If you want a more-traditional box legend, you can use the legend() function:
- key.pos=NULL on the plot() command to turn off the default bar legend.
- x = "topright" places the legend at the top right corner of the plot.
- The legend parameter gives the names listed in the legend.
- The fill parameter gives the colors that will fill the legend color boxes.
> plot(states["Renewable.Standard.Type"], key.pos=NULL, pal=c("gray", "darkgreen", "lightgreen")) > legend(x = "topright", legend=c("Mandatory", "Voluntary", "None"), fill=c("darkgreen", "lightgreen", "gray"))
Mapping Quantitative Attributes
The plot() function can be used to map quantitative attributes, although, again, you may need additional parameters to get what you want.
This creates a map of per-capita energy use in each state in millions of BTUs. The default plot uses a blue-purple-yellow color ramp:
You can specify a different color ramp by passing a vector of the desired colors to the colorRampPalette() function. This example uses a diverging color scheme with a color ramp that extends from green to white to sienna (brown):
> plot(states["Consumption.Per.Capita.MM.BTU"], key.pos=1, pal=colorRampPalette(c("darkgreen", "white", "sienna")))
There will likely be situations where you only want to use a specific subset of a geospatial data set.
sf objects are R data frame objects that can be subsetted in the same way as other data frames.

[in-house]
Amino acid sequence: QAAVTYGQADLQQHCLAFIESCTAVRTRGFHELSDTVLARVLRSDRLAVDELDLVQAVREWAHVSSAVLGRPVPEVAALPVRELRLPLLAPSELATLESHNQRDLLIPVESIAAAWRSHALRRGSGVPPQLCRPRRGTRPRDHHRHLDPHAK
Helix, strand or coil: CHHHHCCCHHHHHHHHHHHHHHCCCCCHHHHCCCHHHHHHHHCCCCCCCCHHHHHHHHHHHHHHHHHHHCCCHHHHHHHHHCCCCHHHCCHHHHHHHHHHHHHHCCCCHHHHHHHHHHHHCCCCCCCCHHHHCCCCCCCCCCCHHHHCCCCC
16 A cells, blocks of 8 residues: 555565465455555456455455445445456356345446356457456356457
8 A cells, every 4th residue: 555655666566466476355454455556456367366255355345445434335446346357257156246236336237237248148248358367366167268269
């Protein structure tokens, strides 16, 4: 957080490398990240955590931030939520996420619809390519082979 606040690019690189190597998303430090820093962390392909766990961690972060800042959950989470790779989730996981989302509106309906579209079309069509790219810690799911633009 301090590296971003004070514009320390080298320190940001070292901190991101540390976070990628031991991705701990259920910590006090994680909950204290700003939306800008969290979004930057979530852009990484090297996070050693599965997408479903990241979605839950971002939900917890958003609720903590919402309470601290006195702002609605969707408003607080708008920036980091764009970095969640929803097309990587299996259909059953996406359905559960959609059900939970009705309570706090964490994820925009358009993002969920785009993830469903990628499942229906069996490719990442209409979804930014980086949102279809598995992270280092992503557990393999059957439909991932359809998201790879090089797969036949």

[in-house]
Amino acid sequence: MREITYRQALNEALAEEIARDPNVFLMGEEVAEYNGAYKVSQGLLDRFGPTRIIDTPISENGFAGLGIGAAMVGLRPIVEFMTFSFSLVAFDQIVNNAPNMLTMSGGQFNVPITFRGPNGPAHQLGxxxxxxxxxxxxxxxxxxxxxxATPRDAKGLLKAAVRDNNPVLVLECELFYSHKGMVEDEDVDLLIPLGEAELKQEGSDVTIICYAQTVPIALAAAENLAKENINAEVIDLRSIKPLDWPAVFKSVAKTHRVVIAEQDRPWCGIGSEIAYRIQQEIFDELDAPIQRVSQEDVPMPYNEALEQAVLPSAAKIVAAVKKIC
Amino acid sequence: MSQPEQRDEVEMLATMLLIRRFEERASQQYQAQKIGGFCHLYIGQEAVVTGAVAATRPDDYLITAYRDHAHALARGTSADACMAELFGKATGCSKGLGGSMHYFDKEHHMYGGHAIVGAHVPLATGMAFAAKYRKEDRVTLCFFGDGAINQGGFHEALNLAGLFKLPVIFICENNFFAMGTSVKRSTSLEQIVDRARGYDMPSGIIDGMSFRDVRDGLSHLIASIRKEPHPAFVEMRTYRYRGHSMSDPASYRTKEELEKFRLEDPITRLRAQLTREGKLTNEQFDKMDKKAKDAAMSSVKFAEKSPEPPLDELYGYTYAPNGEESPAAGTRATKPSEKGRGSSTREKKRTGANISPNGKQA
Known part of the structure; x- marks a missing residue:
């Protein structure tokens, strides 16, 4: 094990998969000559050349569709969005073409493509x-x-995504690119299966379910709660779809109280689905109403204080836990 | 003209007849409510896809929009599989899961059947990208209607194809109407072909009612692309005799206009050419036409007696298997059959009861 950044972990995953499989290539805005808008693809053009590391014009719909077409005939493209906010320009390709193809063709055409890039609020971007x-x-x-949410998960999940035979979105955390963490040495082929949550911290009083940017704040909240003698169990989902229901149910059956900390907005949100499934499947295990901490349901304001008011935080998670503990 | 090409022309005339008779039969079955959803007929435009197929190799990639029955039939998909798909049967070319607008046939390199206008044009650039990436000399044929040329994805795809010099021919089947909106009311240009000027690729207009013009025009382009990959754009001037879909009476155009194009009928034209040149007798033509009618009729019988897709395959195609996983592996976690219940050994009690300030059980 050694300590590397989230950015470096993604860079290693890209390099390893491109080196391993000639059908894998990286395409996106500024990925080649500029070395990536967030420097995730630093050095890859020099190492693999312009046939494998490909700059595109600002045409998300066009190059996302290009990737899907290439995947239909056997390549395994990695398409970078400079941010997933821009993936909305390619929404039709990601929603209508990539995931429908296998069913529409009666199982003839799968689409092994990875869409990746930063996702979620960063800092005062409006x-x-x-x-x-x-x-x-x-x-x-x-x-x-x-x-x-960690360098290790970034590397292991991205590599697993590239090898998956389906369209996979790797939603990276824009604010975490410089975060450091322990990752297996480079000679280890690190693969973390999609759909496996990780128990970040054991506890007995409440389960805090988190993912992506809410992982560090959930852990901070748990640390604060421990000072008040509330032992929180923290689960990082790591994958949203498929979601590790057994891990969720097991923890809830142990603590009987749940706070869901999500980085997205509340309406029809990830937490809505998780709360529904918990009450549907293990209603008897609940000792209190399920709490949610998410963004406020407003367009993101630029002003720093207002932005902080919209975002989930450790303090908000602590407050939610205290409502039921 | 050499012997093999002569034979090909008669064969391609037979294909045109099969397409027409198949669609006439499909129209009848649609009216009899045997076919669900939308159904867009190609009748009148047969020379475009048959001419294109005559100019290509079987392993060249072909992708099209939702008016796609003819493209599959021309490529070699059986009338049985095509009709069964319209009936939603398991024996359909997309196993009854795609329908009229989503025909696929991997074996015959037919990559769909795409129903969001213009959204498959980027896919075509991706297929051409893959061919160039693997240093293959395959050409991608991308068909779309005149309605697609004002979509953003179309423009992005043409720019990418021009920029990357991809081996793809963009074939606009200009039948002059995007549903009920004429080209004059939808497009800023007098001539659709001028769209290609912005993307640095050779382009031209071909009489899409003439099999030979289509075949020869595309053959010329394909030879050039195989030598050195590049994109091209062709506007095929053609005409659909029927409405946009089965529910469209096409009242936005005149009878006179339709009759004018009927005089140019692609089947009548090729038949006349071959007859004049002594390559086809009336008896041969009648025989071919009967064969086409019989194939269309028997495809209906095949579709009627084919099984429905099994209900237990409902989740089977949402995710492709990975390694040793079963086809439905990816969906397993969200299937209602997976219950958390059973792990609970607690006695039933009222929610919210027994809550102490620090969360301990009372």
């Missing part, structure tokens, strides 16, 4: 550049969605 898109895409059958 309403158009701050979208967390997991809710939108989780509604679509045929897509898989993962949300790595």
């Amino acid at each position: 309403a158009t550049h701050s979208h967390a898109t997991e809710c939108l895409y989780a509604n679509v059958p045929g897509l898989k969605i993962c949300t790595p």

Parts of a data frame can be defined using conditions specified inside square brackets () following the name of the data frame.
As shown above, when using only one value in the square brackets, you select specific columns (fields).
To select specific rows (features), you need two values inside the brackets, separated by a comma. The first value specifies which rows (features) to select, and the second value specifies which columns to select. If you want to select all columns, you can leave the value after the column blank.
In the example below, the first value in the square brackets specifies to only select features where the ST (state abbreviation) attribute is in the vector of northeastern states.
The dollar sign (states$ST) indicates that the attribute should be drawn from the states object.
Since we want to select all columns, we just put a comma and no value before the closing square bracket.
We assign this subsetted object to a new name that we can then plot.
> northeast = states[states$ST %in% c("ME", "VT", "NH", "CT", "RI", "NY", "NJ", "MA", "PA"), ] > plot(northeast["Consumption.Per.Capita.MM.BTU"], key.pos=1, pal=colorRampPalette(c("darkgreen", "white", "sienna")))